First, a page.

Mule Tales: Flash

Eagle-eyed readers may recognise Flash from this article, in which I attempted to showcase some of the many different types of mule. He certainly is a good looking boy! Not only has Dorinda written about him here, in the standard Mule Tales format, but she’s been generous enough to share a short story with us as well. Read on and enjoy!

All images copyright © to Dorinda Hennings.


1. Please introduce us to your mule!

Let me introduce you to my mule, DH Hopehaven Flashin My Strut. He is a 13 yr old 14.1 bay tobiano gaited Tennessee walker mule gelding.

I didn’t try him out before buying. I did view videos and did a lot of interviews beforehand. He had been ridden extensively on trails for a couple years, but had been pastured for three years and not worked due to his owner’s failing health. Flash came to us in December 2015.

Flash was timid, not very confident, and would stand stiffly while being petted or handled. Flash was going to have to have patience, love, and time to be a good trail partner.
For the first four months we did a lot of groundwork, lots of time just being groomed and petted. He learned to like apple slices and carrots very quickly.

I rode him around my place but had a friend take him for five weeks to trail ride him out on roads and other long trails to make sure he was safe, as I am an older woman. He basically just gave him a refresher on trails.

2. How did you meet him?

I met Flash thru a friend in the American Sugarbush Harlequin Draft Horse registry who had an elderly friend looking to sell his two mules due to frail health. I was looking for a mule to take the place of my molly mule, Miss Sarah, on the trails due to her health after Lymes disease and EPM. She lives comfortably in retirement with us. She was my first mule and I was so impressed with her work ethic, intelligence, and the deep bond we developed that nothing but another mule would do!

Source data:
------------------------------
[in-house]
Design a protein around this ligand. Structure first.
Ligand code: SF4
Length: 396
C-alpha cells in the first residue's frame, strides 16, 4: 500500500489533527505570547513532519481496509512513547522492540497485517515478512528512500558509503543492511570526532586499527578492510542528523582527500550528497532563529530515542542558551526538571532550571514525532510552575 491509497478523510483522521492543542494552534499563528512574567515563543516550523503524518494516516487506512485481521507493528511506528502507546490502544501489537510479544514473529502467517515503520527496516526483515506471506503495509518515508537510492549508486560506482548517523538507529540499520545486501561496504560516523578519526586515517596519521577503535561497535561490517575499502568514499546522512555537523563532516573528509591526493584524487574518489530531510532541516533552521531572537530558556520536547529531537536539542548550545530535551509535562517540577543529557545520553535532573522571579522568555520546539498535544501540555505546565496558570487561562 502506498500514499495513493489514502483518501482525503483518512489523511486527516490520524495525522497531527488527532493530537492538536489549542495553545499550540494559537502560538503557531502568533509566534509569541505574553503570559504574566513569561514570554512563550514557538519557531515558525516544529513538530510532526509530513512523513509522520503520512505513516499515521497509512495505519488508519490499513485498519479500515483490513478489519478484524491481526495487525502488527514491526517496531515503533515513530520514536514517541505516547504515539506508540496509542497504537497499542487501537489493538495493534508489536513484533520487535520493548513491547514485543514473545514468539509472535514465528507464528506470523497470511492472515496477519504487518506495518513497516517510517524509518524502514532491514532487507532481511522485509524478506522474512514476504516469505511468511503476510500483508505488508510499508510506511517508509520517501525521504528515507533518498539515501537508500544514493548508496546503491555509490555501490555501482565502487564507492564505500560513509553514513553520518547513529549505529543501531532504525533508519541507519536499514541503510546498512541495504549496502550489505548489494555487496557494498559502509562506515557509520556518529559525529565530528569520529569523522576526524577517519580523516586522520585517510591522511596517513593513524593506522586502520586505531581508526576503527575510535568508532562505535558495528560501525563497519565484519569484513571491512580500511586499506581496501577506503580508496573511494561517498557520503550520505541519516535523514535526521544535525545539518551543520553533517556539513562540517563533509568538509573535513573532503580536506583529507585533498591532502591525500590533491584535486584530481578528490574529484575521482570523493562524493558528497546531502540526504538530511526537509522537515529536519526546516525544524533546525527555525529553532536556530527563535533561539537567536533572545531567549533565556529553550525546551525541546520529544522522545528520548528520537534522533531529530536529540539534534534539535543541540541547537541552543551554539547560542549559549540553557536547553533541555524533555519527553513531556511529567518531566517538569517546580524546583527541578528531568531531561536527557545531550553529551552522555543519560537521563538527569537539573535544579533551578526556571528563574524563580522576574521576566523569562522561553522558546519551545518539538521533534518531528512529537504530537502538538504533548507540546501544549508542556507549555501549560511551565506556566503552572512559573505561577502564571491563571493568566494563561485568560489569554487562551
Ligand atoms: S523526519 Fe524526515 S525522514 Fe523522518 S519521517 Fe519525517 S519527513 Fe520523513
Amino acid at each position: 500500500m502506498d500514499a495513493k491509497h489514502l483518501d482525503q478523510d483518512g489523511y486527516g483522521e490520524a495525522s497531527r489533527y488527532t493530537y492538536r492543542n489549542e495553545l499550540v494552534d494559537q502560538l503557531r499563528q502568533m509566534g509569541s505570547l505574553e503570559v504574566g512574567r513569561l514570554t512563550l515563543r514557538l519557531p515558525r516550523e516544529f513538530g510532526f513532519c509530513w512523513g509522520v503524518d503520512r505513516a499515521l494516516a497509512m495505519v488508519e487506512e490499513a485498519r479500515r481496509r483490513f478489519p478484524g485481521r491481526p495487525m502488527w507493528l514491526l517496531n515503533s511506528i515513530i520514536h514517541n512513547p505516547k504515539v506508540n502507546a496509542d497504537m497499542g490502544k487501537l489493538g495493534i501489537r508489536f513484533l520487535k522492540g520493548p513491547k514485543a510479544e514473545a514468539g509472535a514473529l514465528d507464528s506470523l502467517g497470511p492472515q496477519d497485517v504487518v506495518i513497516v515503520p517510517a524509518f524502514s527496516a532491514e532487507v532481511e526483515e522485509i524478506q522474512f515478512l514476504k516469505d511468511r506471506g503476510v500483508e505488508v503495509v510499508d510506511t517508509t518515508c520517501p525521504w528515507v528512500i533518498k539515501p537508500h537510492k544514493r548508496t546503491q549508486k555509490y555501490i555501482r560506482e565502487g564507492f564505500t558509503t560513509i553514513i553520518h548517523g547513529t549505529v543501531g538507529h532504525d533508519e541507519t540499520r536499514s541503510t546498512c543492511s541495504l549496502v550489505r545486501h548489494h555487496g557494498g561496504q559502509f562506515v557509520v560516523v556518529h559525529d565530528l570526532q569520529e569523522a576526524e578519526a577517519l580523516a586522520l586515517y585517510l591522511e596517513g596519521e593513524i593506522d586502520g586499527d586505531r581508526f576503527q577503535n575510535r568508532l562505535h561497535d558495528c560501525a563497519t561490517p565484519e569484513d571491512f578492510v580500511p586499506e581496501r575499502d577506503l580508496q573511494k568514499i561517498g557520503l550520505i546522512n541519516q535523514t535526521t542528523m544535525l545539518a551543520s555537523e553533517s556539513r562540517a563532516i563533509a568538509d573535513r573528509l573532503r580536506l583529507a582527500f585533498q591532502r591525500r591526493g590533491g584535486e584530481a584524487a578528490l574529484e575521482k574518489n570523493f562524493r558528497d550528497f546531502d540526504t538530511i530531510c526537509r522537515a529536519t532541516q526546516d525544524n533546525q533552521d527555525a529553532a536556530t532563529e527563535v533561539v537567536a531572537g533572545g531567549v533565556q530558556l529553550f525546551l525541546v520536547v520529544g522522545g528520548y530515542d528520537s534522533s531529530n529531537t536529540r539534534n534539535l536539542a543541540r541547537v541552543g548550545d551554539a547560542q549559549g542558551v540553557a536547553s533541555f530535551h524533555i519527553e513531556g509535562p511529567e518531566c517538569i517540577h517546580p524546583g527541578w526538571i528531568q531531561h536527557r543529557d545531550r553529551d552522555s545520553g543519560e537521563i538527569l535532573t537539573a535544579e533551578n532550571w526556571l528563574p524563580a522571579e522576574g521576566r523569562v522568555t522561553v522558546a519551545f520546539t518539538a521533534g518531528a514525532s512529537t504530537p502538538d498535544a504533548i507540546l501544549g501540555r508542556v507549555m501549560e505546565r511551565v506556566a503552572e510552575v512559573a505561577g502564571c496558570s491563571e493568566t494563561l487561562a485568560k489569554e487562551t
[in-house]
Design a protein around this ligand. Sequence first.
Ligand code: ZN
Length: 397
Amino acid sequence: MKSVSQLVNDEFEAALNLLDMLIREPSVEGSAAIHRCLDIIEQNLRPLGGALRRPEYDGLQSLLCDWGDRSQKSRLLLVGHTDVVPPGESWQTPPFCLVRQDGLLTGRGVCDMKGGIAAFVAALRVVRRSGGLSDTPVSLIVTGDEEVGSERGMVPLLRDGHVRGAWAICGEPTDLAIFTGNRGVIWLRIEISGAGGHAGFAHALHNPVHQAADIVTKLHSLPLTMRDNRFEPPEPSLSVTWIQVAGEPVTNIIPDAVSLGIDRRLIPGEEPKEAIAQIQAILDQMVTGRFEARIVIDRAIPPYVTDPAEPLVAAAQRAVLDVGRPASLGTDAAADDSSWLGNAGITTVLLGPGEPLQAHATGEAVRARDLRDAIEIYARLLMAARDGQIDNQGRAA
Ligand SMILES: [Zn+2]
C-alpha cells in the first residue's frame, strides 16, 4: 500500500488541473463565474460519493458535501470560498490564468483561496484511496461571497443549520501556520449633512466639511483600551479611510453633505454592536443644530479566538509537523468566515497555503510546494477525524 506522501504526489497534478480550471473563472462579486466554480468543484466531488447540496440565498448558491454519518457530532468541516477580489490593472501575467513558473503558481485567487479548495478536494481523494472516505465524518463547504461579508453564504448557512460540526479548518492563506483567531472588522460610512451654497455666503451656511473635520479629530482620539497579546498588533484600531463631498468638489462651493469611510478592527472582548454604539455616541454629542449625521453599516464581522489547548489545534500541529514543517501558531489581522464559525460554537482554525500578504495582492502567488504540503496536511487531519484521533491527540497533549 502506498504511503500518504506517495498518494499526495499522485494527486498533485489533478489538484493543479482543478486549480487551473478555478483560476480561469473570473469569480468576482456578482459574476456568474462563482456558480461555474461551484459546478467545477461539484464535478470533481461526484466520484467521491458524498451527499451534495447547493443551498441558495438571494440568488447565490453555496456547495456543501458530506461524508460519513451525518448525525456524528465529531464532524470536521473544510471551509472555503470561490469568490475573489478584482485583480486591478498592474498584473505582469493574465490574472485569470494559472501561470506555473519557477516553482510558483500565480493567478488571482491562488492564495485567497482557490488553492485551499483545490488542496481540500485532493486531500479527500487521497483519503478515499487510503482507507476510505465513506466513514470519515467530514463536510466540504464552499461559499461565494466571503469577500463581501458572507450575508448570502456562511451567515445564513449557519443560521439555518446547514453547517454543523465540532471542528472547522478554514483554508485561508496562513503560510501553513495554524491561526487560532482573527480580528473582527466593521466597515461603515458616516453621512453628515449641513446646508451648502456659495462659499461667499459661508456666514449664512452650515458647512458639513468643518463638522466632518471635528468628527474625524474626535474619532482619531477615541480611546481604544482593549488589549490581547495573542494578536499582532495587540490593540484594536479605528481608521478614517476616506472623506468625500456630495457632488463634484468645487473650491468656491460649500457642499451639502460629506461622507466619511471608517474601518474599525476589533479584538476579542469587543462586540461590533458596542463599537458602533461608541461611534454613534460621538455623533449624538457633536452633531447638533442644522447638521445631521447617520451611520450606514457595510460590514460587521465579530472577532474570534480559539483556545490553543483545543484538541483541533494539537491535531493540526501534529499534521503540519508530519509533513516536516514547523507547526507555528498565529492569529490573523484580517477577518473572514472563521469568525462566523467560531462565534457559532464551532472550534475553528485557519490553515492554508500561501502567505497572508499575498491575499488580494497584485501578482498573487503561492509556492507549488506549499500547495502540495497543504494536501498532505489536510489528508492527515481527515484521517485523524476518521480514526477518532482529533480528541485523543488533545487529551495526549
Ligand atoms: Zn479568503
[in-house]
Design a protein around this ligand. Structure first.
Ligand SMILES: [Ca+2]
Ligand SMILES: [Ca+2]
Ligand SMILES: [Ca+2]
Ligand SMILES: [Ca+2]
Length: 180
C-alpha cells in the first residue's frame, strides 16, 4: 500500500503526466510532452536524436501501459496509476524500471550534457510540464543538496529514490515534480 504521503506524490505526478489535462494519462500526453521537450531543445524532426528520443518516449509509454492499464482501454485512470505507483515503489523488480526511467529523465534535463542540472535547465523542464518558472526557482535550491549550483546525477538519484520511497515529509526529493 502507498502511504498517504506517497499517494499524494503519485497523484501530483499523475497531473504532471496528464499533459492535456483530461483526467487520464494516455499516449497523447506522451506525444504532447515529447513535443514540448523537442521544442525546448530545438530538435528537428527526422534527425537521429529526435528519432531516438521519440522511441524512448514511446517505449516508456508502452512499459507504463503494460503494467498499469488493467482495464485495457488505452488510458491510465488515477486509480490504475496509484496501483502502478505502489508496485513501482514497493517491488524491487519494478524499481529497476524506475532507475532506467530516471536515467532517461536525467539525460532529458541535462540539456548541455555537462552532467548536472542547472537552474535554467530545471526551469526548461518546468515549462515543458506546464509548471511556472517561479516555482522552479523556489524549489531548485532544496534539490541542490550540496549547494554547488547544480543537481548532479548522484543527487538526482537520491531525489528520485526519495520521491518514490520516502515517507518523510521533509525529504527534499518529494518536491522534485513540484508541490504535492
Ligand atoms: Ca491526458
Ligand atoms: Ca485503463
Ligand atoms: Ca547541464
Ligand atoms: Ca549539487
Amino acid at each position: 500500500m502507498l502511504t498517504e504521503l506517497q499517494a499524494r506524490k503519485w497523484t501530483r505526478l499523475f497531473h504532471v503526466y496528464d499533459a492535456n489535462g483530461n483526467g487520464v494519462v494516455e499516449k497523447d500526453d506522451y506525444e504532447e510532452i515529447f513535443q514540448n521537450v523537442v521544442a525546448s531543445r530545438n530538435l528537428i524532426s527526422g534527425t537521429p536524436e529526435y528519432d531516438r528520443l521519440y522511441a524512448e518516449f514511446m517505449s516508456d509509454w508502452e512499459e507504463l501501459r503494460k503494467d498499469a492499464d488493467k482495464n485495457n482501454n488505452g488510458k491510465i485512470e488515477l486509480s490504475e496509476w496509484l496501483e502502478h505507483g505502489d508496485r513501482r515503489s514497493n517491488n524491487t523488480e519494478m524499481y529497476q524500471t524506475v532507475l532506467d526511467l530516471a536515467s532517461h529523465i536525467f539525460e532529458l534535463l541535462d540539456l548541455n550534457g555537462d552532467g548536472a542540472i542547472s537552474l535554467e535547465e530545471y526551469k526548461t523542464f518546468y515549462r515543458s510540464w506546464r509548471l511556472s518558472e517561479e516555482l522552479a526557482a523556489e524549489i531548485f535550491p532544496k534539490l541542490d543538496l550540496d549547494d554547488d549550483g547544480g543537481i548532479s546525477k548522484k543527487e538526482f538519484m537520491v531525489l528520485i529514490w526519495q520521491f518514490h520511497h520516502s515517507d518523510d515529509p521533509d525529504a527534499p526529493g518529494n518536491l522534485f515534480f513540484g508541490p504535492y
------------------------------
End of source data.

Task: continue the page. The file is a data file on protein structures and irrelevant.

3. What do you do with him, and what are your plans for the future?

I have owned Flash for almost a year now and he is a different mule. He expects petting and nose kisses and will nudge for a treat. Even though he’s not a confident ride, he listens well and trusts me to not lead him into harm. I also trust him if he tells me there’s something in the woods. Usually a deer will jump out as soon as he lets me know there’s something there. We just watch it go by. I ride alone often and we enjoy our little rides. He is no longer tense and worried when being handled and he is so smooth to ride!! A wonderful gait. Hence, the registered name DH Hooehaven Flashin My Strut.

The American Donkey and Mule Society is putting a story I wrote called the Opinionated Mule in their Nov issue (The Brayer). It’s a fictional story about a mule and her life with her lifelong owner. It’s based on my two mules combined (Miss Sarah and Flash). It’s about the incredible bond between a mule and their person and how horrible it would be to lose her or him.